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Why Product Managers Should Learn to Code "Product people - Product managers, product designers, UX designers, UX researchers, Business analysts, developers, makers & entrepreneurs 5 May 2017 True Code, Coding, Marketing, Product Management Role, Skills, Team Leadership, Mind the Product Mind the Product Ltd 1263 Product Management 5.052
· 6 minute read

Why Product Managers Should Learn to Code

Building products is amazing. You take an idea – sometimes big, sometimes small – and with your team you make it real. Or at least you make a version of it come to life and then send it out into the world.

Every day I find this creatively inspiring. To craft a product from scratch brings a range of feelings; from joy and pleasure to frustration and despair. Whether a quickly drawn sketch, an MVP, physical product, iterative improvements or a brand new feature, all studiously validated with user research and customer development, you roll up your sleeves to make it happen. It is a magical, continuous, learning experience.

I’m now on the fault line between users and technology. I’ve had all sorts of job titles;  digital marketer, growth hacker, creative technologist, UXer, startup product person, product strategist, product owner, lean coach and consultant. I’ve been a startup founder – when I completely tanked my first foray building product.

All of these roles have involved building products and telling people about new products and features they might be interested in. Over time I’ve become more technically literate as my projects began to require more technical work.

A Sense of Frustration

However I’ve struggled with the nagging thought that I should learn to code. As a non-coder deep in product and marketing, I’ve found it increasingly frustrating that I must stand by while I could see that my teams could do with more help. It felt uncomfortable and disempowering. From both a personal and professional perspective I wanted to be more productive, understand the development process better, improve sprint effectiveness and get further under the skin of all that goes along with building and growing products.

At present I’m freelancing, working in product, UX and marketing roles. I tend to work with startups, though I have also been involved with more established companies – roles where research, UX and marketing considerations really have an impact on what is built. Almost everything I work on involves technical people or working with digital products, and both product roles and marketing ones are becoming ever more technical. A functional knowledge of how tech works and how to build it is not only helpful but is becoming critical.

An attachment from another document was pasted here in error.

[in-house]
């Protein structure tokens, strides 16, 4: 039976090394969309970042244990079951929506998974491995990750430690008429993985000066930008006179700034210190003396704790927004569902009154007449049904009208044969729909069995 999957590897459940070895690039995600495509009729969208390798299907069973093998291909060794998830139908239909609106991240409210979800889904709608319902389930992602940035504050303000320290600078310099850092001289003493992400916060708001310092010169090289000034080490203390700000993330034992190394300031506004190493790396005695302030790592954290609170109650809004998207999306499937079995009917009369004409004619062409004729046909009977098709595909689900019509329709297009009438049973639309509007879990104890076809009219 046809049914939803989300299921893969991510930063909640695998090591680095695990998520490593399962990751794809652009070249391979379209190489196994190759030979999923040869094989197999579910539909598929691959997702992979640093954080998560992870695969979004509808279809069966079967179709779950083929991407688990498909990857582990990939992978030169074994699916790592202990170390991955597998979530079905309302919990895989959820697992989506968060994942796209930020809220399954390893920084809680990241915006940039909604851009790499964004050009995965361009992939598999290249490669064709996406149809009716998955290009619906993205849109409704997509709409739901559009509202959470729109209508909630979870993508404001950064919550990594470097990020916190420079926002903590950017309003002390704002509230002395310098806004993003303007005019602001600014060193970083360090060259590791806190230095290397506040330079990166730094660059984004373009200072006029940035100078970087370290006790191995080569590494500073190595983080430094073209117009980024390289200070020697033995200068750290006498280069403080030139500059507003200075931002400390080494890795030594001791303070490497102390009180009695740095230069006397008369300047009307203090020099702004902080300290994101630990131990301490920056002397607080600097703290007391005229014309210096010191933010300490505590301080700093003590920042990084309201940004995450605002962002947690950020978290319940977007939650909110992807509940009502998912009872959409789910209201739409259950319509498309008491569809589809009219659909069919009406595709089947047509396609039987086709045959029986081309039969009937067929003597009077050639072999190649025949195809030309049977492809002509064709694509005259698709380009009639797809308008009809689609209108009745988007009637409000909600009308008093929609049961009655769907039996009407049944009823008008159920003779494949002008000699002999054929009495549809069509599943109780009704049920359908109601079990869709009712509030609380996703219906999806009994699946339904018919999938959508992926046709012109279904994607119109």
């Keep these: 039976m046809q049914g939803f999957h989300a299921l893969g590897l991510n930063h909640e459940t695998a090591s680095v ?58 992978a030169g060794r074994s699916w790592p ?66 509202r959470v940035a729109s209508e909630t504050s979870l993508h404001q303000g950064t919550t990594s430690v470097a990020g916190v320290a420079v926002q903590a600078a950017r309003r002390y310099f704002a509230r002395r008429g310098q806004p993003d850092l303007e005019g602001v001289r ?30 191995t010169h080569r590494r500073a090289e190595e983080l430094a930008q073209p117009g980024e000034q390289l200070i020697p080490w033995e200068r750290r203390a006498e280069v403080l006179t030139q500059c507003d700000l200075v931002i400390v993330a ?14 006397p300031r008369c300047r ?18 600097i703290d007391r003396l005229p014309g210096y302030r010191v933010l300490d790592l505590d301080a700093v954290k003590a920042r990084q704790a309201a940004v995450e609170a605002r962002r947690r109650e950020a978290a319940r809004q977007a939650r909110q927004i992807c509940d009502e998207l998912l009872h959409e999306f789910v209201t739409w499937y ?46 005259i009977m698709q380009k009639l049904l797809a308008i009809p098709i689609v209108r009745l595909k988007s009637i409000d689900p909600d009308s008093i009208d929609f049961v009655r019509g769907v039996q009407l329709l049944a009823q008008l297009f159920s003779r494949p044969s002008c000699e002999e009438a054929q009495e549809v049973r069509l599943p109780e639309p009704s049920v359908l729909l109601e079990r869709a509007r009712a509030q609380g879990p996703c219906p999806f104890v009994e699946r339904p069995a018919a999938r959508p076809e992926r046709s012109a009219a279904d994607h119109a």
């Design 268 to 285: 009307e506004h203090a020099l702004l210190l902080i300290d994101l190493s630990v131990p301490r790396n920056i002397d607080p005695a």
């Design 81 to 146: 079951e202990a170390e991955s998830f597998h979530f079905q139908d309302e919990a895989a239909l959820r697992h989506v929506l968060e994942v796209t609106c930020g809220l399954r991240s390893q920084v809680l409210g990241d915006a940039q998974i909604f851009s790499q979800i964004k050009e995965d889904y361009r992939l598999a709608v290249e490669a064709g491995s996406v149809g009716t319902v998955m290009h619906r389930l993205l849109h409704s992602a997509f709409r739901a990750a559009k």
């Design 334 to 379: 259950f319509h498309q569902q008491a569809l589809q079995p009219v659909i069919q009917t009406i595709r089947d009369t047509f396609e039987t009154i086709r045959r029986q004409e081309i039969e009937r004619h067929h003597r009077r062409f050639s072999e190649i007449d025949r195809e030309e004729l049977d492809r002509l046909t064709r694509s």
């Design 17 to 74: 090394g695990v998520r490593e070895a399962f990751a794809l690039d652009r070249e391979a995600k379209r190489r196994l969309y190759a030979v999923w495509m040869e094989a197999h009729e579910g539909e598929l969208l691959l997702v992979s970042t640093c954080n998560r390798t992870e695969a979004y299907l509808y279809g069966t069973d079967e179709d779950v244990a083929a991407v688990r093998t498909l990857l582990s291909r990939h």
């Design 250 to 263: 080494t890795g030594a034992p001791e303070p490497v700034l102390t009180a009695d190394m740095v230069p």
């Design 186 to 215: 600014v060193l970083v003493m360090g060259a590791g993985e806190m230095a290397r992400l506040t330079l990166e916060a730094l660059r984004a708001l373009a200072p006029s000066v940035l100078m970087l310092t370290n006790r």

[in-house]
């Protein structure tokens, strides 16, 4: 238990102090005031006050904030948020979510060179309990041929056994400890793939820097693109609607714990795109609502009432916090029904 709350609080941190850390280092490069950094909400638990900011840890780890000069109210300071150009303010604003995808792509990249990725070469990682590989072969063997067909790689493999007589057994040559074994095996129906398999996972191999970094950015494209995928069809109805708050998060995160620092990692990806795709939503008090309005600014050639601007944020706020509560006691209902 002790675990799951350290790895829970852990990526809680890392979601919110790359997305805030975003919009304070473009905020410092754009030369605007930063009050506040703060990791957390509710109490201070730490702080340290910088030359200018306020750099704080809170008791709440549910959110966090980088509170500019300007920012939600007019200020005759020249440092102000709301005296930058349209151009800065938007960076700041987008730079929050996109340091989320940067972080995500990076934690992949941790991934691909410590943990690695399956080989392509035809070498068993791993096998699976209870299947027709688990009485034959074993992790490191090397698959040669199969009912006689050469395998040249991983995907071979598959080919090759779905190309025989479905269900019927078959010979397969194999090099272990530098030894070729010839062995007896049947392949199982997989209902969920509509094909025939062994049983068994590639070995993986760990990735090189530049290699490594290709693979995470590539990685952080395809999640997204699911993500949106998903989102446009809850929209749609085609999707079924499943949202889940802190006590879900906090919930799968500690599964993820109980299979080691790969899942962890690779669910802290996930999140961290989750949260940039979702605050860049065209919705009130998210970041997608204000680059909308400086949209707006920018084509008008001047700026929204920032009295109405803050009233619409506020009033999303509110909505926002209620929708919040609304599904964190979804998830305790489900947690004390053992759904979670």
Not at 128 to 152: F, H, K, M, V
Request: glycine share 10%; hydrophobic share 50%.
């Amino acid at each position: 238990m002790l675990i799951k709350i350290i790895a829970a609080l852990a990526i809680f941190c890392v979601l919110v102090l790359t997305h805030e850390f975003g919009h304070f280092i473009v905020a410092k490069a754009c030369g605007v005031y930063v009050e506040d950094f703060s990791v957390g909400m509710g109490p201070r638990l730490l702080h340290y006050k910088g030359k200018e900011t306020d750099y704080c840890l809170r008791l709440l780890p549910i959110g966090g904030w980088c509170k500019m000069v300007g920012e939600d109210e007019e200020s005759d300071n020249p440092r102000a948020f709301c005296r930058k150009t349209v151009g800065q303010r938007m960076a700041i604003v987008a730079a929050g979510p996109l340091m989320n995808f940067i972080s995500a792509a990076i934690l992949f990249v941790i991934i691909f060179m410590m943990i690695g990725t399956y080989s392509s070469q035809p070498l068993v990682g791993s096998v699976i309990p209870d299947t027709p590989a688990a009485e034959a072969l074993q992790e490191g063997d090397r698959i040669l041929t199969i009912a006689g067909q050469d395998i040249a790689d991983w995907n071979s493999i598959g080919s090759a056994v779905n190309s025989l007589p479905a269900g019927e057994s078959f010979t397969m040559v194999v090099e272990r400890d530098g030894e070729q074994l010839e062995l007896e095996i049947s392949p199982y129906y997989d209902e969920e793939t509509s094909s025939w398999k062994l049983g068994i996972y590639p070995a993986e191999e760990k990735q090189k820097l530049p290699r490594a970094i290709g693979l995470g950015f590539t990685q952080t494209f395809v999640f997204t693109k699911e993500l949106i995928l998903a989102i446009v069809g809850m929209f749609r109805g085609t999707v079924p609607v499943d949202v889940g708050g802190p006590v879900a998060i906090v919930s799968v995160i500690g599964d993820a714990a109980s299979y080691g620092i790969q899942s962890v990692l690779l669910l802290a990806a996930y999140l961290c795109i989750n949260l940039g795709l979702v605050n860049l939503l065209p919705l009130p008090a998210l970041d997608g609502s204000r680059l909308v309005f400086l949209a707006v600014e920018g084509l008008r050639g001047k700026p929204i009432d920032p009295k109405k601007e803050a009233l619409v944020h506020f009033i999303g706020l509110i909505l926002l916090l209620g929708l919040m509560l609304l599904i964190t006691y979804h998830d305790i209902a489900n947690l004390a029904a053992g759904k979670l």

I’m seeing it more and more – in job specs, interviews, among my peer group – where technical understanding is becoming an expected skill. Not all members of a product team need to be a hardcore coder, but when everyone has a firm foundation of how all the pieces fit together and function, I firmly believe that it helps.

Learning the Language

We’ve all seen how putting users’ voices closer to the design and development improves product and experience outcomes. In the same way I’m starting to see how raising a team’s technical baseline has a positive impact on product development roadmaps and implementations. A rising tide raises all ships.

I have tried to learn to code a few times, but just teaching myself or taking a few short courses, I couldn’t make it stick. I would try to learn the language that was being used in my projects, which in hindsight was too scatter-gun an approach, applied inconsistently. Still, I had an ever-growing curiosity to overcome this invisible barrier, even though it continued to feel frustratingly elusive.

I sort-of understood coding, but I wouldn’t have been be able to sit down and create a digital product or feature. Like knowing the universe is really, really big but not grasping the absolute scale. It was turning into a worry that I just wouldn’t overcome it, or have the time to invest properly in it. A puzzle that I couldn’t quite slot all the pieces into place. Not something I am comfortable having hanging over me.

Eventually I decided to go on a SuperHi course. It’s a startup that teaches designers, product people and marketers to code both online and in small classes in London and New York. I enrolled on a course last year and I can now jump into a code editor and bring an idea to life. I’m now starting to contribute more in my projects beyond product development, UX and marketing. In fact the experience of learning to code with SuperHi has been so positive for me that I now help them out occasionally with ad campaigns and product feedback.